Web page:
Over the last year, using nautical charts, computer maps and recommendations from residents, we researched more than 130 possible sanctuary locations in Washington State, British Columbia and Nova Scotia.
We narrowed the list down to 30 sites and then visited all of them.
Several that would be ideal for the whales would not be so good for the humans caring for them as they are too remote for year-round living and they lack basic infrastructure.
As we eliminated some, we also added a few more. And we’re now at the point where we are focused on three central considerations: physical criteria, potential impacts on wildlife, and compatibility with the local community.
Physical criteria: These include basic oceanographic and hydrologic analyses of depth, sea-floor conditions, tides and currents, run-off and pollution, flora and fauna, as well as where and how to build the nets, and access to fresh water and electric power.
Impacts on Wildlife: In addition to being concerned about how sanctuary residents might be affected by local wildlife, we also have to evaluate potential impacts they may have on free-ranging animals outside of the sanctuary.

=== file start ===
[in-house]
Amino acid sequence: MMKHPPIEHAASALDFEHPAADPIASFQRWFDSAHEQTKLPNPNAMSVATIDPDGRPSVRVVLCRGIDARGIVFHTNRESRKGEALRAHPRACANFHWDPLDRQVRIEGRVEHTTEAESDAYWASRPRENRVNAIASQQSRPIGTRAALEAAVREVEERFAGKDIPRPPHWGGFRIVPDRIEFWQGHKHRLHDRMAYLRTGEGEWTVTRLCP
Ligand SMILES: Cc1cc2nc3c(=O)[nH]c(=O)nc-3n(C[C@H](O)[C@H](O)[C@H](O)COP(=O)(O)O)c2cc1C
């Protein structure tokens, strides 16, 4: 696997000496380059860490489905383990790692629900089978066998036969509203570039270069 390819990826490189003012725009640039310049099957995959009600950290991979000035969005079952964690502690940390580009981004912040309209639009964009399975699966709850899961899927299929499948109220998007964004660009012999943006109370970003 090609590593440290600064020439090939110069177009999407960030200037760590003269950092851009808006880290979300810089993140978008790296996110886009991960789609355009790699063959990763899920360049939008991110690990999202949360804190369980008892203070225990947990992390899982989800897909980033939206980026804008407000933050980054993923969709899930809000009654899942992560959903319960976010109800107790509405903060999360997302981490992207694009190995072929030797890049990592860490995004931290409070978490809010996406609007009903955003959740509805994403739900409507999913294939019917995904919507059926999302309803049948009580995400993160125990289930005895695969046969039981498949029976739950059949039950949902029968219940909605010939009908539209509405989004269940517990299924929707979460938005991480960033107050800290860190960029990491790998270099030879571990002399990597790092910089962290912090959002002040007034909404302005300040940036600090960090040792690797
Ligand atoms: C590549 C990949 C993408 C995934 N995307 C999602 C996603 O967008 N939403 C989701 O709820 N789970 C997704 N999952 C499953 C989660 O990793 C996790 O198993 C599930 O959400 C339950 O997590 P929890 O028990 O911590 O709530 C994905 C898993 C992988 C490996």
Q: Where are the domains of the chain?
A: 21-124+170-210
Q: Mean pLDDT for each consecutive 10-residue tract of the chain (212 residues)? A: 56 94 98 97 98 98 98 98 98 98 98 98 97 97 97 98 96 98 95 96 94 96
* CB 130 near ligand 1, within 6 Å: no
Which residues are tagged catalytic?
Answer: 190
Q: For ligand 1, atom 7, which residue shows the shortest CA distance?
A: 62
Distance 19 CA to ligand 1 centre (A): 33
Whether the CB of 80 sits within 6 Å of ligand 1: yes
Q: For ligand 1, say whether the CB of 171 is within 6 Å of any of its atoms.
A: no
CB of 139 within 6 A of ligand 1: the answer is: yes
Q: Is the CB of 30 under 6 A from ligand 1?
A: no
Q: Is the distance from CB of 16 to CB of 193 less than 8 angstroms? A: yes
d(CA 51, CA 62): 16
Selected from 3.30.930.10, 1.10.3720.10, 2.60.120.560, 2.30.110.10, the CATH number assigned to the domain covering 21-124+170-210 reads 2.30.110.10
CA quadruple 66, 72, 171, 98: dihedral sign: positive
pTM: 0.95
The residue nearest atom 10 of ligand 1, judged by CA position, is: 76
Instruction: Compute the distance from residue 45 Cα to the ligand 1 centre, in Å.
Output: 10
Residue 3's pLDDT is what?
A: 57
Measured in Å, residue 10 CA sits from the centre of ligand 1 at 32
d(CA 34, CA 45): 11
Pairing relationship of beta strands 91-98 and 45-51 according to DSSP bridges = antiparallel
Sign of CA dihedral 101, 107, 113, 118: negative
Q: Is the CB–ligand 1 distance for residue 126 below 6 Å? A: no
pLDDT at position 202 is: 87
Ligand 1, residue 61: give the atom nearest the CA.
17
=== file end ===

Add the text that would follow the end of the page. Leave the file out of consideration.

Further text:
This is particularly sensitive in areas that are critical habitat for endangered populations like the Southern Resident Killer Whales in the Northwest and North Atlantic right whales in the Northeast.
Community Interests: Equally important are the concerns of the local community: commercial and recreational fishing interests, access for boats, population density along the shoreline and other “stakeholder interests.”
So, it’s not just a matter of our selecting a site; the site also needs to select the sanctuary. When a local community embraces the idea of having a whale sanctuary and sees it as a long-term benefit to all that they hold dear for their community, then we have a partnership that will lead to successfully creating a home for captive orcas and belugas.
Once we have determined that a site is suitable both for the whales and for the human community, we can then proceed to apply for the necessary permits, acquisition of the actual site, and the most exciting part of all: creating the sanctuary itself and welcoming the first whales.
- 100 acres of water
- Minimum depth of 50 feet for at least half the sanctuary
- Protection from extreme weather
- Free of sewage, pollutants and noise
- Good flushing rate
- Ability to create separate areas for medical and management
- Not a lot of human activity or boat traffic.
This post is excerpted from our Fall Newsletter. We send the complete newsletter to everyone who’s donated in the last year, so if you’d like to receive a copy, please make your donation now. Your gift, large or small, will be worth twice as much since our lead sponsor, Munchkin, Inc, is matching all donations this year up to a total of $300,000.
Thank you for supporting the Whale Sanctuary Project.